Garrison's investigators were even looking into her child:

They actually bothered Mrs. McMaines' father. He asked them not to get in touch with his daughter, 'as it would cause her too much mental anguish."

He is the birth certificate of the child:

Garrison went to court in New Orleans to get an order for the extradition of Lillian McMaines, and she was arrested in Omaha:

New Orleans States-Item, April 10, 1967

Lillie Mae was released on $1,000 bond.

Fortunately, a court in Omaha ruled against extradition. McMaines had moved to Iowa which did not have an agreement on extradition. I have to laugh that they used the conspiracy theory of "mysterious deaths" to help get the court to rule in her favor.

New Orleans States-Item, April 25, 1967

She repeated her story about David Ferrie:

She also gave her opinion why Perry Russo was telling his story about a conspiracy party:

Lillie McMaines passed her lie detector test:

Interestingly, the polygraph examiner, Leonard Harrelson, informed the FBI that Perry Russo had failed a polygraph test in New Orleans. He had heard this from the examiner, Edward O'Donnell. See the last two pages of the above document.

Lillie McMaines' lawyer then wrote both Jim Garrison and Clay Shaw's attorneys, offering them an opportunity to depose her in Des Moines.

Edward Wegmann replied:

Unfortunately, Judge Haggerty would not allow them to take Lillie McMaines' deposition.

Having lost in court, Wegmann then sent another letter to McMaines' lawyer:

Lillie McMaines' deposition was finally taken on June 24, 1968. Here is a transcript. Only one side showed up:

Once again, Ms. McMaines denied being at the party with Perry Russo:

McMaines picked up her baby from the Infirmary on September 20th and then moved to Mobile, Alabama to live with her current boyfriend.

She only met David Ferrie in 1965:

She never met Clay Shaw:

Perry Russo never mentioned any of the names brought up in the Garrison investigation:

Her description of their encounter with the men from Garrison's office was harrowing:

Needless to say, Clay Shaw's defense was anxious for Lillie McMaines to come to New Orleans as a witness in his trial. However, she was scared:

The only way she would go to New Orleans was with an offer of immunity, and a motion was heard on the first day of the Clay Shaw trial:

The court then heard from James Alcock, Garrison's second-in-command:

The court ruled against Shaw's attorneys and Lillie McMaines did not testify in the Shaw trial.

So, how do the conspiracy books treat Sandra Moffett McMaines?

Jim Garrison, in On the Trail of the Assassins, said that Sandra Moffett was at the party, but only "for a while." (page 152) He then complains about the lack of cooperation from other states in extraditing witnesses: (page 181)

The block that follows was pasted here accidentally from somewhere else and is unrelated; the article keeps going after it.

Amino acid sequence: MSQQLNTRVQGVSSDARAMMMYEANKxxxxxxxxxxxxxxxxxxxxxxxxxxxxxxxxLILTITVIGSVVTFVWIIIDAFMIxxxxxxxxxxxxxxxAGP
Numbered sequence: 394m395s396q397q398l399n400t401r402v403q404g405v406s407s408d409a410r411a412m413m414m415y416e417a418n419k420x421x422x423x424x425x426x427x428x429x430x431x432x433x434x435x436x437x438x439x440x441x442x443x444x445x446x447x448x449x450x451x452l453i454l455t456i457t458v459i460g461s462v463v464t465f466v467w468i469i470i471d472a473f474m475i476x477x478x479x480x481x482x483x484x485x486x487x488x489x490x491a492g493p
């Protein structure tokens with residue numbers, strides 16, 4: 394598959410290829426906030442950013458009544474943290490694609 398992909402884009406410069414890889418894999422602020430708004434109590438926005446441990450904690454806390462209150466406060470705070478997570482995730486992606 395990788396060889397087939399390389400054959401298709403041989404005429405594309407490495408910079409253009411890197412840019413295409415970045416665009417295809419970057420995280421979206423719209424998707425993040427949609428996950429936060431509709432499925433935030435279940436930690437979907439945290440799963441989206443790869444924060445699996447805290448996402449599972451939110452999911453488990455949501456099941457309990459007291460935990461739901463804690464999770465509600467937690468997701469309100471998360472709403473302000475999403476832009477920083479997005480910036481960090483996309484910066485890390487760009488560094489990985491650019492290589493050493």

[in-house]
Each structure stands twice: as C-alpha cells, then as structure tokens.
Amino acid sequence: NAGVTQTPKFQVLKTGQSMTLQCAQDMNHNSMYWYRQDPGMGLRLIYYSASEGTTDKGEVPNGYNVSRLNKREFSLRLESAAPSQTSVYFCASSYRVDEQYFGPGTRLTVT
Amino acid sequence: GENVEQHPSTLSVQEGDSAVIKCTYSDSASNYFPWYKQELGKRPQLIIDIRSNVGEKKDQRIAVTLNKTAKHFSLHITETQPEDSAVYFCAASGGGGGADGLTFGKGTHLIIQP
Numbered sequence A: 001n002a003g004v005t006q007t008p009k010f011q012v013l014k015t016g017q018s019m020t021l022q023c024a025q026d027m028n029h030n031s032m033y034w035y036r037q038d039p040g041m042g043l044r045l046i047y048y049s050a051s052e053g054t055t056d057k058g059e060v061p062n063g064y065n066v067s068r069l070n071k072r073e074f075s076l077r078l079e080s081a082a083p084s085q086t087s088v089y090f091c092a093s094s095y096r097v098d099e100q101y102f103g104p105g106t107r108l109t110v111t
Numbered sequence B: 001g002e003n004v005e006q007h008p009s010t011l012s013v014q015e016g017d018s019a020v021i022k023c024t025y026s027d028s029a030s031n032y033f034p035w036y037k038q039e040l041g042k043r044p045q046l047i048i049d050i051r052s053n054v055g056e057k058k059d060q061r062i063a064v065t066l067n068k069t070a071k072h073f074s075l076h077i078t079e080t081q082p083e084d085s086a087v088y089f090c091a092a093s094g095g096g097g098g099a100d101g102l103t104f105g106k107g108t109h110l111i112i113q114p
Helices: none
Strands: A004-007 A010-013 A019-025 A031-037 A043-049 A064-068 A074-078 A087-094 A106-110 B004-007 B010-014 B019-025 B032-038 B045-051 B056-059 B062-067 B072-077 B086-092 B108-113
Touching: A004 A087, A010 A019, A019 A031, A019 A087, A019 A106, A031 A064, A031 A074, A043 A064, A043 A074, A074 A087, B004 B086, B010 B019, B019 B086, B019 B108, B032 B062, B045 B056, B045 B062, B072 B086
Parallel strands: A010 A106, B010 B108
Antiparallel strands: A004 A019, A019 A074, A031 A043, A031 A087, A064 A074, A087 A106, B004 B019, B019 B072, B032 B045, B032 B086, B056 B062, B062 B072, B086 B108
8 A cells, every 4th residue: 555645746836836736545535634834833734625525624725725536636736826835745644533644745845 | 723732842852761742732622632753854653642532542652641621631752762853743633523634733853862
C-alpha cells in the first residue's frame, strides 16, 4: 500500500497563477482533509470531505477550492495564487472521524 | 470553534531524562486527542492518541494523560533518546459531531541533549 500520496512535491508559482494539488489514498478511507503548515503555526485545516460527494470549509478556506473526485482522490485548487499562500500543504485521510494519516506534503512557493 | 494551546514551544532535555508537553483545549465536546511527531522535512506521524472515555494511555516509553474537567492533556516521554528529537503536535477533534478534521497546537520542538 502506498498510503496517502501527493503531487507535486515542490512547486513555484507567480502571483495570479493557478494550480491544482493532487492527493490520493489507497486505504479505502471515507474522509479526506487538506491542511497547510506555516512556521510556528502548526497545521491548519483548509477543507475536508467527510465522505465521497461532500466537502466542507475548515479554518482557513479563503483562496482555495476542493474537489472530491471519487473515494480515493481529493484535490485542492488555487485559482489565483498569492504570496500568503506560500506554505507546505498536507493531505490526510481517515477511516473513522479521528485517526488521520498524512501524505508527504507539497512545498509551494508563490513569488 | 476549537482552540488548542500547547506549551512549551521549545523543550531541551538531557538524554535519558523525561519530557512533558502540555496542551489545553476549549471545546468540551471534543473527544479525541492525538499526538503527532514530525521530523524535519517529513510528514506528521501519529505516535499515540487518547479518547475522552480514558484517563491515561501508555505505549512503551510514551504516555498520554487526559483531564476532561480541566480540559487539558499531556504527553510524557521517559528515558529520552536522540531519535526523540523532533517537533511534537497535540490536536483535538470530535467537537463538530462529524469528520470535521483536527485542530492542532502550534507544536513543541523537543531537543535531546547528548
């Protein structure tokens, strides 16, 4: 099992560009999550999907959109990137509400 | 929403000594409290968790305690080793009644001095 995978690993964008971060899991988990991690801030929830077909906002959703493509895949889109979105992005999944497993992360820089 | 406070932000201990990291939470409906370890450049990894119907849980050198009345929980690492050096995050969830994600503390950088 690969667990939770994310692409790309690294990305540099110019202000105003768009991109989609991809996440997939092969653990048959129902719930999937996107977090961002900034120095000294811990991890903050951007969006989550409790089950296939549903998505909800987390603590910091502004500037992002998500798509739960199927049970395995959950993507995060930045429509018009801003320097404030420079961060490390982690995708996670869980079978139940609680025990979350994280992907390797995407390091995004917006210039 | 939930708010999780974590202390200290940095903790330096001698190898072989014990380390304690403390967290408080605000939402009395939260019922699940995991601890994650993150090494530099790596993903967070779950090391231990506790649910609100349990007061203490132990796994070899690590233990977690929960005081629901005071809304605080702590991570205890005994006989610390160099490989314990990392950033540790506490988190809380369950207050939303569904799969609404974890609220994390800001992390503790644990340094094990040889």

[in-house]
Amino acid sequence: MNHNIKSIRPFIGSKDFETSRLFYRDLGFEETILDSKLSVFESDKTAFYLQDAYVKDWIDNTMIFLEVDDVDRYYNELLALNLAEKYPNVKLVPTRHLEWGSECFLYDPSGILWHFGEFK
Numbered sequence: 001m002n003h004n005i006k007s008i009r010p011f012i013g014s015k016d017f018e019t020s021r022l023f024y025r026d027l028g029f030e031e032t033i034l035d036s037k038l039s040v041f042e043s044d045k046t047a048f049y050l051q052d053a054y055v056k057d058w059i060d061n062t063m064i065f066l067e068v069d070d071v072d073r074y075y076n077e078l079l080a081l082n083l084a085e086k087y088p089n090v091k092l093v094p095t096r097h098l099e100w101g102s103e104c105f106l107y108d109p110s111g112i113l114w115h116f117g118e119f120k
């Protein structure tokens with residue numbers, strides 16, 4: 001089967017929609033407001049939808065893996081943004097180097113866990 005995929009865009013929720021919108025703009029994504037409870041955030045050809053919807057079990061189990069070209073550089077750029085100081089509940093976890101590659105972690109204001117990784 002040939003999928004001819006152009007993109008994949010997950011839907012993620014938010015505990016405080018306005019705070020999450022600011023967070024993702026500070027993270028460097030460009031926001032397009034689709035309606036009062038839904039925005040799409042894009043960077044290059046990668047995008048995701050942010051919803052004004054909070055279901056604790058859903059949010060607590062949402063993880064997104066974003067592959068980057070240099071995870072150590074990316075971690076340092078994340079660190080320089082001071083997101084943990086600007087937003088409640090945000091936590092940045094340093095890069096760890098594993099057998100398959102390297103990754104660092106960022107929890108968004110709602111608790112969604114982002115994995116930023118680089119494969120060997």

"This was the first time our office had ever failed in an extradition case, but unfortunately, as we continued to investigate the J.F.K. assassination, it would not be the last. Most of the extraditions I sought in this case were blocked as if a giant foot had stepped on my office. These included an attempt to extradite from Nebraska Perry Russo's ex-girl-friend Sandra Moffett, who had been at the party at David Ferrie's about which Russo had testified."

Not one word about her consistent denial that she was ever at the party; and the fact that no one from his office showed up at her deposition. Not one word about Russo's changing testimony. Had he agreed with a protective order from the court, she could have testified. But her testimony would have been most unwelcome.

James DiEugenio, in his book Destiny Betrayed, also says that Moffett was at the party but "both [Lefty Peterson as well] left early." (page 218) The only other mention of Moffett in his book relates to Garrison's extradition attempt. Not one word about her deposition, her denial of being at the party, and that fact that Russo had never mentioned to her the names of Oswald, Bertrand, or any other of the principals in the case. He ignores what Russo said about Moffett during hypnosis or in the preliminary hearing - that she was there for quite a bit of the party.

Bill Davy, in his book Let Justice Be Done, doesn't mention Moffett at all.

Joan Mellen is much the same in her book, And Justice For All, except that she does say, but only in a footnote, that Moffett "had met Ferrie only in 1965 ... so she could not have attended the party described by Russo." (page 529)

Lille Mae McMaines deserves more than a footnote.